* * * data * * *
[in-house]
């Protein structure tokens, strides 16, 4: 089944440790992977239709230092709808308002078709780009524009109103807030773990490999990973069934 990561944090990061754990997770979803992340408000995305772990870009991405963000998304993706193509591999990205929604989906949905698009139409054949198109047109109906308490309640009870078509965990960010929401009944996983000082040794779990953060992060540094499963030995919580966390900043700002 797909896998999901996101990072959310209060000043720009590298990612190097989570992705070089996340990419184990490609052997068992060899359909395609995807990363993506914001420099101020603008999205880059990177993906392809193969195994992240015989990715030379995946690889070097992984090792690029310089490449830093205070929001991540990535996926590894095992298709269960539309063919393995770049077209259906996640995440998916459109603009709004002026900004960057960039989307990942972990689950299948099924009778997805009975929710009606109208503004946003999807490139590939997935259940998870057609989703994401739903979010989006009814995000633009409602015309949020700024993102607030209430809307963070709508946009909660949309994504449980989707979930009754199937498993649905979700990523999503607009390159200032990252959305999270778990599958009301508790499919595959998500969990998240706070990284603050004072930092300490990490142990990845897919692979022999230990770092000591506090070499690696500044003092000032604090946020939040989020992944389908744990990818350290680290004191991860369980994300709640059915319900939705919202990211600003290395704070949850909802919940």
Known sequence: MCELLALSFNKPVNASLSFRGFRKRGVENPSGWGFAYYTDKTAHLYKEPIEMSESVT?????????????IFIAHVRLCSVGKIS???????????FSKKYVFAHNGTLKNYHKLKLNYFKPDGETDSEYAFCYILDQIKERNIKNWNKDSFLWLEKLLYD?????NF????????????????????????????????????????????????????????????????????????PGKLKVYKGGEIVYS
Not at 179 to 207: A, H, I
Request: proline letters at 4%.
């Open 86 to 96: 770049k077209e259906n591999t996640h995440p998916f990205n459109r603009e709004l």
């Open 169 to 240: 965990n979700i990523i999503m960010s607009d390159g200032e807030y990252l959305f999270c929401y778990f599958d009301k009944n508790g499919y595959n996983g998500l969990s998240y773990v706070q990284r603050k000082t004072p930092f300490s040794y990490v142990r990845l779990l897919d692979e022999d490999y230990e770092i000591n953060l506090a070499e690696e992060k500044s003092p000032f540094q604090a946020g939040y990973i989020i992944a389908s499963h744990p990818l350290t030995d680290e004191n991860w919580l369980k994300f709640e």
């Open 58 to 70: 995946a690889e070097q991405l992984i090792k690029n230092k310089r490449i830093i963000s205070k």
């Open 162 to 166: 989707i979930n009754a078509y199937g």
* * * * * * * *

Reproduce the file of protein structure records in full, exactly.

[in-house]
């Protein structure tokens, strides 16, 4: 089944440790992977239709230092709808308002078709780009524009109103807030773990490999990973069934 990561944090990061754990997770979803992340408000995305772990870009991405963000998304993706193509591999990205929604989906949905698009139409054949198109047109109906308490309640009870078509965990960010929401009944996983000082040794779990953060992060540094499963030995919580966390900043700002 797909896998999901996101990072959310209060000043720009590298990612190097989570992705070089996340990419184990490609052997068992060899359909395609995807990363993506914001420099101020603008999205880059990177993906392809193969195994992240015989990715030379995946690889070097992984090792690029310089490449830093205070929001991540990535996926590894095992298709269960539309063919393995770049077209259906996640995440998916459109603009709004002026900004960057960039989307990942972990689950299948099924009778997805009975929710009606109208503004946003999807490139590939997935259940998870057609989703994401739903979010989006009814995000633009409602015309949020700024993102607030209430809307963070709508946009909660949309994504449980989707979930009754199937498993649905979700990523999503607009390159200032990252959305999270778990599958009301508790499919595959998500969990998240706070990284603050004072930092300490990490142990990845897919692979022999230990770092000591506090070499690696500044003092000032604090946020939040989020992944389908744990990818350290680290004191991860369980994300709640059915319900939705919202990211600003290395704070949850909802919940």
Known sequence: MCELLALSFNKPVNASLSFRGFRKRGVENPSGWGFAYYTDKTAHLYKEPIEMSESVT?????????????IFIAHVRLCSVGKIS???????????FSKKYVFAHNGTLKNYHKLKLNYFKPDGETDSEYAFCYILDQIKERNIKNWNKDSFLWLEKLLYD?????NF????????????????????????????????????????????????????????????????????????PGKLKVYKGGEIVYS
Not at 179 to 207: A, H, I
Request: proline letters at 4%.
């Open 86 to 96: 770049k077209e259906n591999t996640h995440p998916f990205n459109r603009e709004l």
């Open 169 to 240: 965990n979700i990523i999503m960010s607009d390159g200032e807030y990252l959305f999270c929401y778990f599958d009301k009944n508790g499919y595959n996983g998500l969990s998240y773990v706070q990284r603050k000082t004072p930092f300490s040794y990490v142990r990845l779990l897919d692979e022999d490999y230990e770092i000591n953060l506090a070499e690696e992060k500044s003092p000032f540094q604090a946020g939040y990973i989020i992944a389908s499963h744990p990818l350290t030995d680290e004191n991860w919580l369980k994300f709640e």
């Open 58 to 70: 995946a690889e070097q991405l992984i090792k690029n230092k310089r490449i830093i963000s205070k």
């Open 162 to 166: 989707i979930n009754a078509y199937g």